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Discussion Starter · #1 ·
I had not fired my Springfield Armory M1A in years but it was storaged in a safe and well preserved and cleaned before being storaged. It functioned fine before.

I took it to the range and tried firing some Federal Match 168 grain loads and some older West German loads and both failed to cycle the action to the point that it would *not* pick up the next round or lock the bolt back after the last round. It did it with 3 different magazines. It did not do it every time, but about 90% of the time. The bolt goes back but does not lock back or go back enough to strip the next round. I tried loosening and tightening the gas piston nut, but that had no effect.

Anyone have any ideas?

thanks

vfortytwoATyahoo.com
 

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I second what Thomjb wrote! When stored for a long time, the barrel will 'sweat' some of the oil or whatever was used to clean it and this can make its way into the gas port and solidify resulting in a clogged gas port hole.
 

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Discussion Starter · #4 ·
Thanks, guys.

Other than running a few patches through the barrel, the gun was not cleaned before shooting.

It was cleaned after shooting and I ran a pipe cleaner through the gas port which went though without a problem, so I cannot imagine it being blocked.

vfortytwoATyahoo.com
 

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Discussion Starter · #5 ·
Well, it turned out the OP Rod was not bent according to Springfield Armory. What is really frightening is that two different gunsmiths claimed that it was and one was going to install a new one!

A few days ago I got my M1A back from Springfield Armory with a note explaining that it wasn't a bent op rod but the gas cylinder was not aligned with the barrel gas port.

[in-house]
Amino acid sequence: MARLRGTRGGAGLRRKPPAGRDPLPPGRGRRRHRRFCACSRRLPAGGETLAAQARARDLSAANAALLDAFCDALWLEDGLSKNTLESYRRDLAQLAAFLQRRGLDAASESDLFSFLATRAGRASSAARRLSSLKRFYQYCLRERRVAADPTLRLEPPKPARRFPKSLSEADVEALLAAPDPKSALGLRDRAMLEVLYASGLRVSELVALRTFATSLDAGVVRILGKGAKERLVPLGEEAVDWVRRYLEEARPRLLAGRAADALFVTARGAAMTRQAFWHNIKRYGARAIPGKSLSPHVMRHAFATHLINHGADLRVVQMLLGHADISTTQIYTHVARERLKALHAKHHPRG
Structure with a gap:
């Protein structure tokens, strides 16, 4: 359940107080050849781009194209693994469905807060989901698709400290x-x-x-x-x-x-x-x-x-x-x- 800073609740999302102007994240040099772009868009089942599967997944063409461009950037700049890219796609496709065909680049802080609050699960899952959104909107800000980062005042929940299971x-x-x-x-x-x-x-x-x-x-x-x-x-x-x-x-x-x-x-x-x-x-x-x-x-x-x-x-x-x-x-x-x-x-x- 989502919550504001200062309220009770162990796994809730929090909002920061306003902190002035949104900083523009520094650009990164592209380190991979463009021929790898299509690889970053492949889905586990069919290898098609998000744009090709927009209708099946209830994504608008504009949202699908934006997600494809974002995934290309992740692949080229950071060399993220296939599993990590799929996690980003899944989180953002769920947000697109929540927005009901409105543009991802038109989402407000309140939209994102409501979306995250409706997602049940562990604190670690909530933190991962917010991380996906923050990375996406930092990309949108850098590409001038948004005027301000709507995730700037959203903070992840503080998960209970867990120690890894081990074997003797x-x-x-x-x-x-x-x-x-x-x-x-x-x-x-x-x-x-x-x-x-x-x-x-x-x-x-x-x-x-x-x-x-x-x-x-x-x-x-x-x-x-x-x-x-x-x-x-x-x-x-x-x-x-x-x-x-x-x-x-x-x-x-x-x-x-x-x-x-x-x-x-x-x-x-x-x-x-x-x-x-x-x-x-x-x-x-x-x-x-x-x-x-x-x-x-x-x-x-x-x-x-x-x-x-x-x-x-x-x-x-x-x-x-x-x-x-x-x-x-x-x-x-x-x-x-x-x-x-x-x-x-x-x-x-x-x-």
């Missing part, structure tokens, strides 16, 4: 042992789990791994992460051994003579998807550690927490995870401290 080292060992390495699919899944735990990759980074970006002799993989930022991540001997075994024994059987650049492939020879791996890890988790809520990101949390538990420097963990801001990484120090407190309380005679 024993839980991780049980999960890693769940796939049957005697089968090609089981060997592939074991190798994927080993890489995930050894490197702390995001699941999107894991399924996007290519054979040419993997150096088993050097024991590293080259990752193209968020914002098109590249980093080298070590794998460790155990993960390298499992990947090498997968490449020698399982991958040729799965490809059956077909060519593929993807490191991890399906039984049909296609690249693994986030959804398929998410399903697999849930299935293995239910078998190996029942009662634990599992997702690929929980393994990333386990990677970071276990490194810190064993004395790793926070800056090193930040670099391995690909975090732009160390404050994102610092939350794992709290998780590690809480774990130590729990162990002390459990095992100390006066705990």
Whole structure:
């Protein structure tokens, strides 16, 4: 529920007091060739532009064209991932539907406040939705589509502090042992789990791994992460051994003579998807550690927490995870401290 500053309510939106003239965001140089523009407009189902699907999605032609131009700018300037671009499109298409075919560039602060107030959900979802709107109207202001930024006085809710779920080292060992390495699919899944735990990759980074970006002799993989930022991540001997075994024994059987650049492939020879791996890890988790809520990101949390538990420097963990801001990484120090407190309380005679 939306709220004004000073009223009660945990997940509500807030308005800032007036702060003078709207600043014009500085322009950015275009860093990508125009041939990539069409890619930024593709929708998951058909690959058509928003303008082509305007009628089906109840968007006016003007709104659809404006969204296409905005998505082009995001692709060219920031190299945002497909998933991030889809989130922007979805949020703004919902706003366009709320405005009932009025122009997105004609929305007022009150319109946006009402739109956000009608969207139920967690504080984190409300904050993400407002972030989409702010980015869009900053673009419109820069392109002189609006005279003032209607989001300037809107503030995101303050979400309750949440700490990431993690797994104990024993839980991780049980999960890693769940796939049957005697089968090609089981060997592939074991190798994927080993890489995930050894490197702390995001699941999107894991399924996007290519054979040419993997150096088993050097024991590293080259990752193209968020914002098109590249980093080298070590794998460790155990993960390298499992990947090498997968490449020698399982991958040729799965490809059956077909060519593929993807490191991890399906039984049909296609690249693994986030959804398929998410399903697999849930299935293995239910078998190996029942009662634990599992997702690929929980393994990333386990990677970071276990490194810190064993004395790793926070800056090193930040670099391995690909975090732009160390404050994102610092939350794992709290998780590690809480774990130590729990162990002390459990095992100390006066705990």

I just got an authentic Herstal FN 50.63 para and the M1A is going on the block.

The M1A is a preban standard grade with a bayonet lug, but more importantly with a TRW bolt and a Winchester Barrel.

vfortytwoATyahoo.com
 

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Strip the rifle down and give it a thorough cleaning, including Gas cylinder & piston. See if the op rod binds without the op rod spring installed. Make sure op rod is locking the bolt fully before trying to fire it again. It sounds like you made up your mind on selling it. If so put it in the steals & deals section either as is, or fix it first. Someone will snap it up if you don't want it.
 

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Discussion Starter · #7 ·
An update:

I took it to two different gunsmiths who claimed that the oprod was bent, I sent it back to Springfield and they claimed that it wasn't but that the gas cylinder was not aligned with the barrel gas port.

Attached are picture of the letter from Springfield and a scans of the M1A (what a pain to put on the scanner).

vfortytwoATyahoo.com

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Looks like the op rod is hitting piston tail off center which is not that uncommon and is an easy fix. It should still function properly but accuracy will suffer some. From the scan it looks to be hitting to the side of center. Vertical wise it should center with piston tail. Plenty of advise here on how to re-align & tighten up op rod guide. Drop me a PM or Email if you want to try it yourself. Many others on this board will probably have better illustration skills than me, but I can give you a step by step if you want.